David Webster recently put forward some interesting views on trends in regulation, citing me as saying that alternative business structures (ABSs) have not worked (“Solicitor and the Bar regulation grow ever closer” 28 August).
Perhaps I could set out the context for my remarks. My point was twofold – firstly that we took some time to get to grips with what is complex and restrictive legislation and rules. Secondly, we have not seen the growth of multidisciplinary practices (MDPs) that we all hoped for.
Until recently, many ABSs’ experience of authorisation was that it was lengthy and unnecessarily cumbersome. That was to some extend a function of the legislation but there is no doubt that we could have been smarter in its application. Happily, that is now the case and we are turning around applications quickly, with good feedback. MoJ proposals for changes in the process will help further and make ABSs an even more attractive proposition.
This is all good news. ABSs bring fresh capital and thinking into the market, and are good for competition and improving choice. Research shows that they are more innovative than traditional firms, being up to 15 per cent more likely to introduce a new legal service.
However, we have not seen the growth in MDP ABSs that is needed. MDPs offer consumers the opportunity to access a range of related services – such as accountancy, estate agency or even undertaking – from a single business. There are huge opportunities for lawyers to, for example, sell into both the accountancy and legal markets. This can play a part in tackling the big problem of unmet legal need.
Only one in ten small businesses use a solicitor or barrister when they have a legal problem – yet almost half use accountants for advice. To level the playing field, we have removed the Separate Business Rule that David alludes to, so traditional law firms can also offer ‘one stop’ shops, expanding their offer and competing with MDP ABSs.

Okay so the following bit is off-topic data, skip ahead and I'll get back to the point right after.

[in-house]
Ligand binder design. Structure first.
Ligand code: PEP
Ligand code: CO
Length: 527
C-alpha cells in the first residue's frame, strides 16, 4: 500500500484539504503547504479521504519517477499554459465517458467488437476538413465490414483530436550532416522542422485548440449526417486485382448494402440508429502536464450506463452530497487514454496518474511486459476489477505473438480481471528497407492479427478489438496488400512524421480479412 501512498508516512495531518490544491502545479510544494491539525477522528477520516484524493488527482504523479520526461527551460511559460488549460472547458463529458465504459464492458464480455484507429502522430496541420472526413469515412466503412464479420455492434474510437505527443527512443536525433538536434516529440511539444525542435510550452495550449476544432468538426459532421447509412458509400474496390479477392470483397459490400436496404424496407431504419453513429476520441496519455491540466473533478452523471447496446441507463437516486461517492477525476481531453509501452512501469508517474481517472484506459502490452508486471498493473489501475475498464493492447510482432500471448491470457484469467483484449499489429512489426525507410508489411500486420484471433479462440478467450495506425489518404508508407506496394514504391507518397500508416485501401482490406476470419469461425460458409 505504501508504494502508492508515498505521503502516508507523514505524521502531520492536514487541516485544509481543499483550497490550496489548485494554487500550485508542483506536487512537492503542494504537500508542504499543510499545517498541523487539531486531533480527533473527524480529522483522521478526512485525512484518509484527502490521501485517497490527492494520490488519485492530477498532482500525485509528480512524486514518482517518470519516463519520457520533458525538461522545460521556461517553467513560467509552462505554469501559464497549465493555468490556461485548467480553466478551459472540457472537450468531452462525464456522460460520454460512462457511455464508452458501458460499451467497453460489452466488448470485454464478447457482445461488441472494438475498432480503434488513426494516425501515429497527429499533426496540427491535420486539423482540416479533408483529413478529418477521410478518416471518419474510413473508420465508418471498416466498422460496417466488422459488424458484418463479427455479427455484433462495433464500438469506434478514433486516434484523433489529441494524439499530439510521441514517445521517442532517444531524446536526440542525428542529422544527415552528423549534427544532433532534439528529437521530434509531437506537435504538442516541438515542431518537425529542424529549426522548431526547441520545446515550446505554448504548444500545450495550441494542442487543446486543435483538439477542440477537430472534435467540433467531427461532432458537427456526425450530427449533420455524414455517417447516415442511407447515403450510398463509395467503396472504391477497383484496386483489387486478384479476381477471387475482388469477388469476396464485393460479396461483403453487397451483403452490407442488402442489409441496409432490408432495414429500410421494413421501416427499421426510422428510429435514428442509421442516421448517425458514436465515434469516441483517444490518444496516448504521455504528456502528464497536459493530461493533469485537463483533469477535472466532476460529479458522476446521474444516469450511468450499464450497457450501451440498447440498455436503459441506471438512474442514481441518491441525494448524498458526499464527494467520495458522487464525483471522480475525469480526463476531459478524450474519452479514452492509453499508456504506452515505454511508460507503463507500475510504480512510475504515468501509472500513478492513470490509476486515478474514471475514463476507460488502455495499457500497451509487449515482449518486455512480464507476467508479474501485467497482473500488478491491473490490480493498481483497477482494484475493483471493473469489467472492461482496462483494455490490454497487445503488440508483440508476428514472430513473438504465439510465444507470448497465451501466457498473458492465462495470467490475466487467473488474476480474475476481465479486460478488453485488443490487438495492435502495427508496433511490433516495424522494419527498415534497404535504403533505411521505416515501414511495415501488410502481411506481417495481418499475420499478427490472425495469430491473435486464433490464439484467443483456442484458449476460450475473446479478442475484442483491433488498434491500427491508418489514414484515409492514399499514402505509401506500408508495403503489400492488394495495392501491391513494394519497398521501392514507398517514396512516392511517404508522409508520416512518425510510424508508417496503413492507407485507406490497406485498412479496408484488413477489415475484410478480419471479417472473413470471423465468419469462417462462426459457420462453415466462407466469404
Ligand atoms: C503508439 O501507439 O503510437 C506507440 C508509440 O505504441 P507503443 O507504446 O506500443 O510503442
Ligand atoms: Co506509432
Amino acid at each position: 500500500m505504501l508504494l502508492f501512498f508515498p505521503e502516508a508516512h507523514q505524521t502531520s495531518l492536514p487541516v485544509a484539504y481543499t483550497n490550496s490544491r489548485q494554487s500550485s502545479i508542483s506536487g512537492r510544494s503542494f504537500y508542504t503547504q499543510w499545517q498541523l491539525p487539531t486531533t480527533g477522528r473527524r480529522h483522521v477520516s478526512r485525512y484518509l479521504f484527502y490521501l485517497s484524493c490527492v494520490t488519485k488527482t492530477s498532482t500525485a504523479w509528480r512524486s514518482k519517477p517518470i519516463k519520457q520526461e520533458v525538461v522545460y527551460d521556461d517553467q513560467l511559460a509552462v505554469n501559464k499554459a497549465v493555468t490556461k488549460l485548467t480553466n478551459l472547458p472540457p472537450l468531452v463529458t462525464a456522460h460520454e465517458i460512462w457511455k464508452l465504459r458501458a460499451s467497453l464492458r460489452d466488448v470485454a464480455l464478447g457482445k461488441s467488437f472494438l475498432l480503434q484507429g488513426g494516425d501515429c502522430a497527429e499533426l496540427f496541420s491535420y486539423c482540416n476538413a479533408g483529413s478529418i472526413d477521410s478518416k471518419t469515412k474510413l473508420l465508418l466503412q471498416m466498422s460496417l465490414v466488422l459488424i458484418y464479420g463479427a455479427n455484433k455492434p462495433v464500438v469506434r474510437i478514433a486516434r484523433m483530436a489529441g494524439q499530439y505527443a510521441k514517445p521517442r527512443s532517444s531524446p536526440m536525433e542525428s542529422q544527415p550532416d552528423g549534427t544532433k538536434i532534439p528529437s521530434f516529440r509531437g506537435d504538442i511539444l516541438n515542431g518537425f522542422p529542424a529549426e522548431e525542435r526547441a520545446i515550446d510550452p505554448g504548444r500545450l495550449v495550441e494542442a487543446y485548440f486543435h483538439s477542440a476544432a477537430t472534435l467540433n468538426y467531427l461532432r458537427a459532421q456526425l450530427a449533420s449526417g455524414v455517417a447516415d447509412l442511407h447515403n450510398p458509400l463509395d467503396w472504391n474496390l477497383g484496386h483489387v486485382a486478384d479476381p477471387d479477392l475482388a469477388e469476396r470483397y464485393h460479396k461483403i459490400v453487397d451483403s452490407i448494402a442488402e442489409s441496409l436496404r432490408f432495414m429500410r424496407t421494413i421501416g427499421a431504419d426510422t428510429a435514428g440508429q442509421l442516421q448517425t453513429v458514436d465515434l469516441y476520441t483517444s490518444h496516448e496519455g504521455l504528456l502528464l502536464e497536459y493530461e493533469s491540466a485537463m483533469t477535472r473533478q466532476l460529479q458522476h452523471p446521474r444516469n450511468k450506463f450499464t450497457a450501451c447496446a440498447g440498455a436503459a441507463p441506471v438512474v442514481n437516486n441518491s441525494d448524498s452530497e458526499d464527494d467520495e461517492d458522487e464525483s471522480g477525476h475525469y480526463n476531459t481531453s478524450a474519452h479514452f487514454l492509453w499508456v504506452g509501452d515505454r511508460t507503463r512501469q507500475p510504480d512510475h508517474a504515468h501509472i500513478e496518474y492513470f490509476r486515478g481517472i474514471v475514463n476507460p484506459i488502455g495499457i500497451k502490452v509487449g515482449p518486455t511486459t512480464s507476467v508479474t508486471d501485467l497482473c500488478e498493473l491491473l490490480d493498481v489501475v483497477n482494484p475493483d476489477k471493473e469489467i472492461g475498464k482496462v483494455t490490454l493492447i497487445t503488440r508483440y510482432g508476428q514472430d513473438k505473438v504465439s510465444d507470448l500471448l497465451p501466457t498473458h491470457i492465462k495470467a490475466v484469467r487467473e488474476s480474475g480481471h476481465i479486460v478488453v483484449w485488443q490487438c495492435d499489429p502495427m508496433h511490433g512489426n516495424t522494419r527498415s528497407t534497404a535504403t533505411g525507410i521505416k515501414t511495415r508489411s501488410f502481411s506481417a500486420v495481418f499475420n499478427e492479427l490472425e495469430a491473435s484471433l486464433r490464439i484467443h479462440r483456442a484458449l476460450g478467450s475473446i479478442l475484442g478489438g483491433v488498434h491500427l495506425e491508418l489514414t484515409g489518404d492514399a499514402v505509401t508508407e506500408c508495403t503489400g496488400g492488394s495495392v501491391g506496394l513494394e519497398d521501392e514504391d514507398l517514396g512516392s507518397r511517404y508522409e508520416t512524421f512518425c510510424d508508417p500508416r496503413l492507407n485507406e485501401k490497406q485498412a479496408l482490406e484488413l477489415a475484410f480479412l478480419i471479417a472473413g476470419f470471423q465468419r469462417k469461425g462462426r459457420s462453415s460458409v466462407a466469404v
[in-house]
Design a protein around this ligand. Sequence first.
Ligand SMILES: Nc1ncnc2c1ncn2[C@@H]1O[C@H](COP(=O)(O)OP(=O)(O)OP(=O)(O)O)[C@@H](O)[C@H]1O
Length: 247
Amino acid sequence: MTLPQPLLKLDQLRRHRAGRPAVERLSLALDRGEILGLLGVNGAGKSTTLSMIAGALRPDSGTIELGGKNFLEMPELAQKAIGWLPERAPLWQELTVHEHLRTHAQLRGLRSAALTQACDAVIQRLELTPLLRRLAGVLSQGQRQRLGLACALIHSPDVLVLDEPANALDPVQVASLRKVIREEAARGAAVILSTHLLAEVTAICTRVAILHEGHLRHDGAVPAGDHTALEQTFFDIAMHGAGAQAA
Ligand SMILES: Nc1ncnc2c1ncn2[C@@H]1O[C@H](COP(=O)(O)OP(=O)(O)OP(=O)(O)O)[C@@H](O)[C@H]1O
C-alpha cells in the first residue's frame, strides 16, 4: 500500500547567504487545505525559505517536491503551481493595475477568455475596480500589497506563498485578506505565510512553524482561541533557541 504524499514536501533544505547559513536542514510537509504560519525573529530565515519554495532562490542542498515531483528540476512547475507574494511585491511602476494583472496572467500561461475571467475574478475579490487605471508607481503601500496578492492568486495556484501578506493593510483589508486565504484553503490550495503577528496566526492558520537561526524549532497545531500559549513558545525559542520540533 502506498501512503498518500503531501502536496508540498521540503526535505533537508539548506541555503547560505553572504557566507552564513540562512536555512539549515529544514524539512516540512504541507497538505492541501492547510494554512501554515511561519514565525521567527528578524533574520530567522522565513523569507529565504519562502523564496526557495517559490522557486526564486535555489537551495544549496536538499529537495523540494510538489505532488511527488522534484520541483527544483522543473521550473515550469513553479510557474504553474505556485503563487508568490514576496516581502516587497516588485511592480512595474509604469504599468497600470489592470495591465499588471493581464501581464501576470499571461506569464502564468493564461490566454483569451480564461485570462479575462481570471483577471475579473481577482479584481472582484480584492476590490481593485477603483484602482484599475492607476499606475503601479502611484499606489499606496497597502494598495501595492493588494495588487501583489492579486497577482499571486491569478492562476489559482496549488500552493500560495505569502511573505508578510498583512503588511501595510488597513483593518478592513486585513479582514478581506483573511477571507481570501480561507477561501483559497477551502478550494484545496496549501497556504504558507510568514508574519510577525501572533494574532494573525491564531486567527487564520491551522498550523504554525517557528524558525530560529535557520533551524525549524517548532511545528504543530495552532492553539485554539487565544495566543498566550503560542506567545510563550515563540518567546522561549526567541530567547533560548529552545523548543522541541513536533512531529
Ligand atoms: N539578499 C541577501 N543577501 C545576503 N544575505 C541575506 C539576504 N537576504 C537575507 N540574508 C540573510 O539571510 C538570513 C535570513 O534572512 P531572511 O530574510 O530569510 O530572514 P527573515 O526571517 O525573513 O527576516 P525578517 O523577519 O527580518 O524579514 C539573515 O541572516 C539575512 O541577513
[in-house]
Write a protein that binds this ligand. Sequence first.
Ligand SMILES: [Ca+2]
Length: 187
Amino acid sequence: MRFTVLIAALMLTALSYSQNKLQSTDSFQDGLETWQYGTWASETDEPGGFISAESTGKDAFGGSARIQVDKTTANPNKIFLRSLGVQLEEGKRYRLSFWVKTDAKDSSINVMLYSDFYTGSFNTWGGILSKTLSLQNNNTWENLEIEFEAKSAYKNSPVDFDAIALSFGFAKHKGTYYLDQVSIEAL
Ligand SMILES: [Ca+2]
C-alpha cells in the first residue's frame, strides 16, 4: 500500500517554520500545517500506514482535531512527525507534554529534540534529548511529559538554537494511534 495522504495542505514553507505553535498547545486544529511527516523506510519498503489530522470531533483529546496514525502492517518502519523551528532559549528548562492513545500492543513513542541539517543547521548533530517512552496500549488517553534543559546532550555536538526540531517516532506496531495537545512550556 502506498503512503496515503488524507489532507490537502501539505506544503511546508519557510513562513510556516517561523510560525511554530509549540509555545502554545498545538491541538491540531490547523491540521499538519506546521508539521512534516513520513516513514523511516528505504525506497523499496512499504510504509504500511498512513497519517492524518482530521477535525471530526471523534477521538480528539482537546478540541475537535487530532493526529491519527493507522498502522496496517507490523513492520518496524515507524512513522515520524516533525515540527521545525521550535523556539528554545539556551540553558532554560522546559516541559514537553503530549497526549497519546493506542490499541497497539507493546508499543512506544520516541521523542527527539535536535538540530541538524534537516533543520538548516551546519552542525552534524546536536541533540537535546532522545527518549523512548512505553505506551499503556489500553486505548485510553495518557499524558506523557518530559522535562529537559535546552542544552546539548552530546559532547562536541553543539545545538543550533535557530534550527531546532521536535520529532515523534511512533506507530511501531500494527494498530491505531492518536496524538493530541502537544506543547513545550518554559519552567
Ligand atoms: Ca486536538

The Bar Standards Board is at a different stage in the journey when it comes to ABSs, but I welcome the contribution that BSB regulated ABSs will make to the legal market.
ABSs are not a panacea – they are one part of our much larger programme of reform, As a regulator whose primary focus has to be the public interest, we want to improve access to affordable legal services for consumers by freeing up firms to compete and grow.
Our focus on high professional standards set independently in the public interest, with targeted consumer protections, is key to our drive to cut bureaucracy and modernise the market. Consumer protection should not be confused with protectionism. We want to give the firms we regulate – many of which employ barristers – more flexibility. We want them to have to get on with their own business, and focus less on the business of ticking regulatory boxes. That is why we are in the process of creating a shorter, sharper and clearer Handbook that focuses less on rules and more on principles.
And of course all this is against the background of wider uncertainty, not least as Britain exits the European Union. I am familiar with the arguments that reform is too risky and that the old ways are the best ways, but I believe maintaining the current status quo is not an option. Now is the right time to carry out reforms that will make sure our legal services market is as open and competitive as possible. That will not only benefit the public through making legal services more accessible and affordable, but will make a positive contribution to a modern post Brexit economy.
Paul Philip, SRA Chief Executive